Nuna, Nūna: 5 definitions

Introduction:

Nuna means something in Hinduism, Sanskrit, Buddhism, Pali, Jainism, Prakrit. If you want to know the exact meaning, history, etymology or English translation of this term then check out the descriptions on this page. Add your comment or reference to a book if you want to contribute to this summary article.

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In Hinduism

Ayurveda (science of life)

Source: Wisdom Library: Local Names of Plants and Drugs

Nuna in the Tamil language is the name of a plant identified with Morinda citrifolia L. from the Rubiaceae (coffee) family. For the possible medicinal usage of nuna, you can check this page for potential sources and references, although be aware that any some or none of the side-effects may not be mentioned here, wether they be harmful or beneficial to health.

Ayurveda book cover
context information

Āyurveda (आयुर्वेद, ayurveda) is a branch of Indian science dealing with medicine, herbalism, taxology, anatomy, surgery, alchemy and related topics. Traditional practice of Āyurveda in ancient India dates back to at least the first millenium BC. Literature is commonly written in Sanskrit using various poetic metres.

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Languages of India and abroad

Pali-English dictionary

Source: BuddhaSasana: Concise Pali-English Dictionary

nūna : (ind.) indeed; surely; certainly.

Source: Sutta: The Pali Text Society's Pali-English Dictionary

Nūna, (& nūnaṃ DhsA. 164) (indecl.) (Ved. nūnaṃ=Gr. nu/n, Lat. nunc (cp. num); Goth. nu, Ger. nun, cp. E. now. See also nu) affirmative-dubitative particle with Pot. or Ind. , viz. 1. (dubit.—interrog.) is it then, now, shall I etc. (=Lat. subjunctive, hortative & dubitative) D. I, 155 (=Lat. num, cp. nu). Esp. frequent with rel. pron. yaṃ=yaṃ nūna what if, shall I, let me (Lat. age) Sn. p. 80 (yaṃ nūn’âhaṃ puccheyyaṃ let me ask, I will ask); J. I, 150, 255; III, 393; PvA. 5 (y. n. âhaṃ imassa avassayo bhaveyyaṃ=let me help him).—2. (affirm.) surely, certainly, indeed Sn. 1058 (api nūna pajaheyyuṃ); A. V, 194; J. I, 60; V, 90; Pv. II, 924 (nuna); Miln. 20; DhsA. 164; PvA. 95 (nuna as v. l.; text reads nanda). (Page 376)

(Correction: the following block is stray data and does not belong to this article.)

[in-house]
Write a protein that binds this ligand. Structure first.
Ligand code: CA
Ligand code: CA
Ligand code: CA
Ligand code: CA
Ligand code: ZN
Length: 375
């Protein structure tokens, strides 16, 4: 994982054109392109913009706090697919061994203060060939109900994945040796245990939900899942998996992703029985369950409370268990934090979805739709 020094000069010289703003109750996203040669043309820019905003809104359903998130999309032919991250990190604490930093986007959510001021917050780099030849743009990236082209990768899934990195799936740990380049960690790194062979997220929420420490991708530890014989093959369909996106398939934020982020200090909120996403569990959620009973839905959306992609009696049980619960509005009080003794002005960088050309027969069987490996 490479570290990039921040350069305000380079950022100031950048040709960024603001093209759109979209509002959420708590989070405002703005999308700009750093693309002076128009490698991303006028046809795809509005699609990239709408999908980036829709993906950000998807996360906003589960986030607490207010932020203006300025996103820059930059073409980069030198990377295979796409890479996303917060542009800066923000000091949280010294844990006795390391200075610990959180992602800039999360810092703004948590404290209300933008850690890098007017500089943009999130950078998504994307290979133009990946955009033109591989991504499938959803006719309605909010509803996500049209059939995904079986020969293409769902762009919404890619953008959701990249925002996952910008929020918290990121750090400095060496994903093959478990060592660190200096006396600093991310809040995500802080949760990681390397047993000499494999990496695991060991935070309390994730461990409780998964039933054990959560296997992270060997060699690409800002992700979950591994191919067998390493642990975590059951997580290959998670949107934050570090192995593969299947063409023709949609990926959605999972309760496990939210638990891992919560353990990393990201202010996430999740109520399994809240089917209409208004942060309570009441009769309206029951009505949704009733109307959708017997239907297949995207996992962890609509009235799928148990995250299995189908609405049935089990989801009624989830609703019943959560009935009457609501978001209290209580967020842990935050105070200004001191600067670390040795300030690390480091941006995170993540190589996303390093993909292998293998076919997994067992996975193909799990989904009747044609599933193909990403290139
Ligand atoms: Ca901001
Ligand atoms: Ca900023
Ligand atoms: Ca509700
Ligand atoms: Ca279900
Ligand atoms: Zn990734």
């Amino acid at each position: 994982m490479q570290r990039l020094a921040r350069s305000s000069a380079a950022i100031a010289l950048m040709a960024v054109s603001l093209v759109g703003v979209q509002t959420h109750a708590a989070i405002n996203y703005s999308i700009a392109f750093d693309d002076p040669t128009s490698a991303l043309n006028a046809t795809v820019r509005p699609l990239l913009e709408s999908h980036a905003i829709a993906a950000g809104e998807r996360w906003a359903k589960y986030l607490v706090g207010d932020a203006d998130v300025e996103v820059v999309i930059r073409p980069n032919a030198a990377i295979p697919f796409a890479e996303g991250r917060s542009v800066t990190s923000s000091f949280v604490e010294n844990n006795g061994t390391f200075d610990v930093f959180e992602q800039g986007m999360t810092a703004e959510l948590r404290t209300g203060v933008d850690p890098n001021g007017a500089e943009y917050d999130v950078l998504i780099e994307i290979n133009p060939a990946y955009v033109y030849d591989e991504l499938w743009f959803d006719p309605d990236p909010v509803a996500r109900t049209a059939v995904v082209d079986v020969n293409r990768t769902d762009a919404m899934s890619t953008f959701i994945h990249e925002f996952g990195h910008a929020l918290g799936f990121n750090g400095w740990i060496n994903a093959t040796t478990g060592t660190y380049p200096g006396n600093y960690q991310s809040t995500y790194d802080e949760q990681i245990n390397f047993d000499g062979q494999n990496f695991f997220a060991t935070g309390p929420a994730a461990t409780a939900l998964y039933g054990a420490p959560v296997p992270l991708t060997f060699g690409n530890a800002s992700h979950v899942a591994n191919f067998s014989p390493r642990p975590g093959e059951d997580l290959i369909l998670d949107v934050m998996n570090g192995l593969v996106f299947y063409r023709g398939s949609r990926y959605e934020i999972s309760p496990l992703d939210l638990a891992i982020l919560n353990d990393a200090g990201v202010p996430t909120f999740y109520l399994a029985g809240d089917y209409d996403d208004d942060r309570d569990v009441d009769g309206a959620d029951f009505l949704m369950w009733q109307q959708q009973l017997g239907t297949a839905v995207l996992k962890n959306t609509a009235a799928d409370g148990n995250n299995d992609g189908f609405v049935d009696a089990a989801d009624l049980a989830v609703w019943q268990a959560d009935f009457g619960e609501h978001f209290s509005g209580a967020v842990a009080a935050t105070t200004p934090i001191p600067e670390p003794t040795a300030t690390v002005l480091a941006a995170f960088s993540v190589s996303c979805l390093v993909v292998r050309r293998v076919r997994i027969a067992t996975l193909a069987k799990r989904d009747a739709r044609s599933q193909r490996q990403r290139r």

Pali book cover
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Pali is the language of the Tipiṭaka, which is the sacred canon of Theravāda Buddhism and contains much of the Buddha’s speech. Closeley related to Sanskrit, both languages are used interchangeably between religions.

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Prakrit-English dictionary

Source: DDSA: Paia-sadda-mahannavo; a comprehensive Prakrit Hindi dictionary

1) Ṇūṇa (णूण) in the Prakrit language is related to the Sanskrit word: Nyūna.

2) Ṇūṇa (णूण) also relates to the Sanskrit word: Nūnam.

2) Ṇūṇa has the following synonyms: Ṇūṇaṃ.

context information

Prakrit is an ancient language closely associated with both Pali and Sanskrit. Jain literature is often composed in this language or sub-dialects, such as the Agamas and their commentaries which are written in Ardhamagadhi and Maharashtri Prakrit. The earliest extant texts can be dated to as early as the 4th century BCE although core portions might be older.

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Kannada-English dictionary

Source: Alar: Kannada-English corpus

Nūna (ನೂನ):—

1) [noun] the fact or condition of not having enough; shortage; deficiency.

2) [noun] the fact or condition of not having any; complete absence.

3) [noun] an imperfect, faulty or erroneous thing.

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Nūna (ನೂನ):—[noun] truth; fact.

context information

Kannada is a Dravidian language (as opposed to the Indo-European language family) mainly spoken in the southwestern region of India.

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